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Monday 22 August 2016

☀ The Lost Eye Of The Serpent: The Rose Delacroix Files [1] - Jeremy Phillips

Thank you for joining us on the Virtual Book Tour for The Lost Eye Of The Serpent, a Young Adult Mystery by (, Limitless Publishing, LLC, 185 pages).

This is the first book in the The Rose Delacroix Files series.

PREVIEW: Check out the book's synopsis and excerpt below. Read the first two chapters with Amazon Look Inside.

The Lost Eye Of The Serpent
is FREE on Kindle Unlimited and Kindle Owner's Lending Library.

Author Jeremy Phillips will be awarding a $10 Amazon gift card to a randomly drawn winner via Rafflecopter during the tour.

Synopsis | Teaser | About the Author | Giveaway


It may sound crazy, but Jonathan Delacroix is certain his sister Rose really is Sherlock Holmes…

Girls are not detectives. But in the summer of 1893, in the small western town of Hope Springs, Rose Delacroix is bound and determined to prove them all wrong. When the famous Emerald Serpent Jewels are stolen from the Delacroix family hotel and the blame lands solely on her older brother Bill, Rose recruits Jonathan as her Watson-like counterpart to solve the case.

Proving your brother innocent is difficult when the evidence keeps stacking up against him… Before Rose and Jonathan can properly start their investigation, another robbery is committed. The rusty revolver purported to have once belonged to Wild Bill Hickok has been stolen from the general store and found hidden amongst her brother’s belongings. With Bill in jail, and the owner of the Serpent Jewels planning to sue the Delacroix hotel, Rose knows she has to find a lead, and soon.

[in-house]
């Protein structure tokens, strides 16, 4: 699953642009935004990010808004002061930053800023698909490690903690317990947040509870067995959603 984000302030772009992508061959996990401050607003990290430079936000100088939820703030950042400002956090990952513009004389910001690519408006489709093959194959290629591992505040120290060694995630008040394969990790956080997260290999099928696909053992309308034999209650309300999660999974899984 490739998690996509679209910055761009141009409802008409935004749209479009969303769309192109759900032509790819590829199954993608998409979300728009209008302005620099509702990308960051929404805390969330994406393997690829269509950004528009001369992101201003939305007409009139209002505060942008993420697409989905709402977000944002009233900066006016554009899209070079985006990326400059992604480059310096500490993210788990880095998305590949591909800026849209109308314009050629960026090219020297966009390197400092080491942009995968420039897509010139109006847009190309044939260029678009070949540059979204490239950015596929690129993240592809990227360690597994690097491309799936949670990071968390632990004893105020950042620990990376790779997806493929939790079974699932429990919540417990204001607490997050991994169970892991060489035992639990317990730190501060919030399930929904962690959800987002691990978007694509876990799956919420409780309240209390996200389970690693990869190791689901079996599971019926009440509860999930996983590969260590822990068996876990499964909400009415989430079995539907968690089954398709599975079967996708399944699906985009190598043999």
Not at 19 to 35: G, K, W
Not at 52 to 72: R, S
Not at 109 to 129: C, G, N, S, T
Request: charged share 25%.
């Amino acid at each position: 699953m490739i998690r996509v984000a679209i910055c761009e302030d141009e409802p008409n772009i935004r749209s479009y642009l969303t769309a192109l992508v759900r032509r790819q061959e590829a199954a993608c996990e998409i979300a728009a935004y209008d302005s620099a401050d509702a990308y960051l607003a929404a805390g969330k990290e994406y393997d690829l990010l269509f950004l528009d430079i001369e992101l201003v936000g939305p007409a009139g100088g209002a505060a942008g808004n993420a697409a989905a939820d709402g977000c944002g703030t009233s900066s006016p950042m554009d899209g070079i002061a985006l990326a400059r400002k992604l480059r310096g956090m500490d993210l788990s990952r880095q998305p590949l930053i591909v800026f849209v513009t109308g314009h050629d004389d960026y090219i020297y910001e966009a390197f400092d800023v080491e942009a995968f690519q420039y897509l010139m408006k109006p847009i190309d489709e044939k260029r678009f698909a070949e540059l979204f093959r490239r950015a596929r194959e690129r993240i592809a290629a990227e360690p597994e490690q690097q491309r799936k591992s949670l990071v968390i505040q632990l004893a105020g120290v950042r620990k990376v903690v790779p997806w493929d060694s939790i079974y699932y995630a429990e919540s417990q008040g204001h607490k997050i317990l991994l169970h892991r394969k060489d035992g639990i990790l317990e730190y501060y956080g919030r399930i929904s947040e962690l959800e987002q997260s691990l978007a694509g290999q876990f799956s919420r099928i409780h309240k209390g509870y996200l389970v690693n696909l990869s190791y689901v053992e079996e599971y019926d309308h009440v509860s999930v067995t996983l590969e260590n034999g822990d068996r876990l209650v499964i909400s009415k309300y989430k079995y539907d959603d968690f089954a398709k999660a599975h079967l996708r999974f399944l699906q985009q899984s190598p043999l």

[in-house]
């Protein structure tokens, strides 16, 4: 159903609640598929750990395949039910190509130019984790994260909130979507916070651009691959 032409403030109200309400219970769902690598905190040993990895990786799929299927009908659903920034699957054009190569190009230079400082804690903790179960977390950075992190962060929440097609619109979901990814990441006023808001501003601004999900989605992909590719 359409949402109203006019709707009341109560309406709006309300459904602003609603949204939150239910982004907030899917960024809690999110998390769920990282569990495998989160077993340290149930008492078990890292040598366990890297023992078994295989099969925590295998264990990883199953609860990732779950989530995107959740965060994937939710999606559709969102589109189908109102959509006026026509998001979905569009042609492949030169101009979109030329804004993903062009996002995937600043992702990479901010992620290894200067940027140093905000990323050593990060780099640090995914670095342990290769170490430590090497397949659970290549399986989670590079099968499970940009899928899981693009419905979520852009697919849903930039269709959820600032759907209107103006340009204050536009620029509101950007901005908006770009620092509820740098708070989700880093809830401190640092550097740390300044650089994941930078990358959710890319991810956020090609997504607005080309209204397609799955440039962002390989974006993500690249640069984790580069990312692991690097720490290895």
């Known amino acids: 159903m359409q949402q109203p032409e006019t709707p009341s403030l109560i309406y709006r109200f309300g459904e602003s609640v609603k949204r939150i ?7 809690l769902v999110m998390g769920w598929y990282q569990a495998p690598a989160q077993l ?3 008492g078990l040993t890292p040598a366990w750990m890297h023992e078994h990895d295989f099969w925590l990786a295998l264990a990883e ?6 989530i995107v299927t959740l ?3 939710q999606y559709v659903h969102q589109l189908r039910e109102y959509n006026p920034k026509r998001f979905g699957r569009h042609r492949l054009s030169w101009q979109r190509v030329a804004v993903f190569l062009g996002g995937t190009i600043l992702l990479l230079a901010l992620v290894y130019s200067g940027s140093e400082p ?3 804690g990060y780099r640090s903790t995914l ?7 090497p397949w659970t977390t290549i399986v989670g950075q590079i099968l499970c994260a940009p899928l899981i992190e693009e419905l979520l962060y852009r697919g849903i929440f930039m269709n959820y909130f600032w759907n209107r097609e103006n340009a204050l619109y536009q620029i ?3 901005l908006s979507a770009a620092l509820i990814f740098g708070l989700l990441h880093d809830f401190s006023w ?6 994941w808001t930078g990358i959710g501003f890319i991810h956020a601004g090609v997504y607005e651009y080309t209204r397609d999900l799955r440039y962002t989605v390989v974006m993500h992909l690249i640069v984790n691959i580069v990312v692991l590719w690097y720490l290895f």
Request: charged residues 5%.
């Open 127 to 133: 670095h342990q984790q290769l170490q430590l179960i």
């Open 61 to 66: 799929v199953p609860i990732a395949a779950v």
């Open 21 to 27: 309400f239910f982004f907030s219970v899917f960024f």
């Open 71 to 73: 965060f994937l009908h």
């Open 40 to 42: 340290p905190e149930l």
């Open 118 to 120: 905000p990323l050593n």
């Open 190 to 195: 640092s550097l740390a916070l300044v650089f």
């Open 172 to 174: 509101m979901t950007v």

A witness comes forward claiming they saw Bill steal the jewels, but Rose isn’t about to be bullied into ignoring the facts…

Rose and Jonathan must put their sleuthing skills to the test or witness their family fall to ruin due to…

…the lost eye of the serpent.

Teaser: Excerpt

Chapter One 

      I feel like a bandit making a quick getaway as I rush outside through the back door of the hotel. Moving as fast as I can, I disappear around the corner of the barn, to where I can no longer be seen from my mother’s kitchen window.
      Once I am safely out of sight, I undo the buttons of my shirt and peel it off. My denim work shirt is so wet with sweat that I can wring water out of it with my bare hands. The falling droplets seem to evaporate right before my eyes, before they even manage to hit the bone-dry ground beneath my feet. A breeze blows across my bare back, and although it is as warm as an oven, it feels good.
      In many ways, this is my favorite part of the day. Having finished my regular chores, I have the afternoon free to be outside and do whatever I want. I just have to remember to steer clear of Mom, or else she’s likely to find me yet another job that needs doing. She told me that I am done working for the day, and I mean to take her at her word.
      An enormous willow tree is nearby, and I walk the short distance over to it. That’s where I find my sister Rose, as expected. She is sitting beneath the willow tree’s thick curtain of branches, completely hidden from view, unless you know where to look for her. Nobody but us ever comes out here.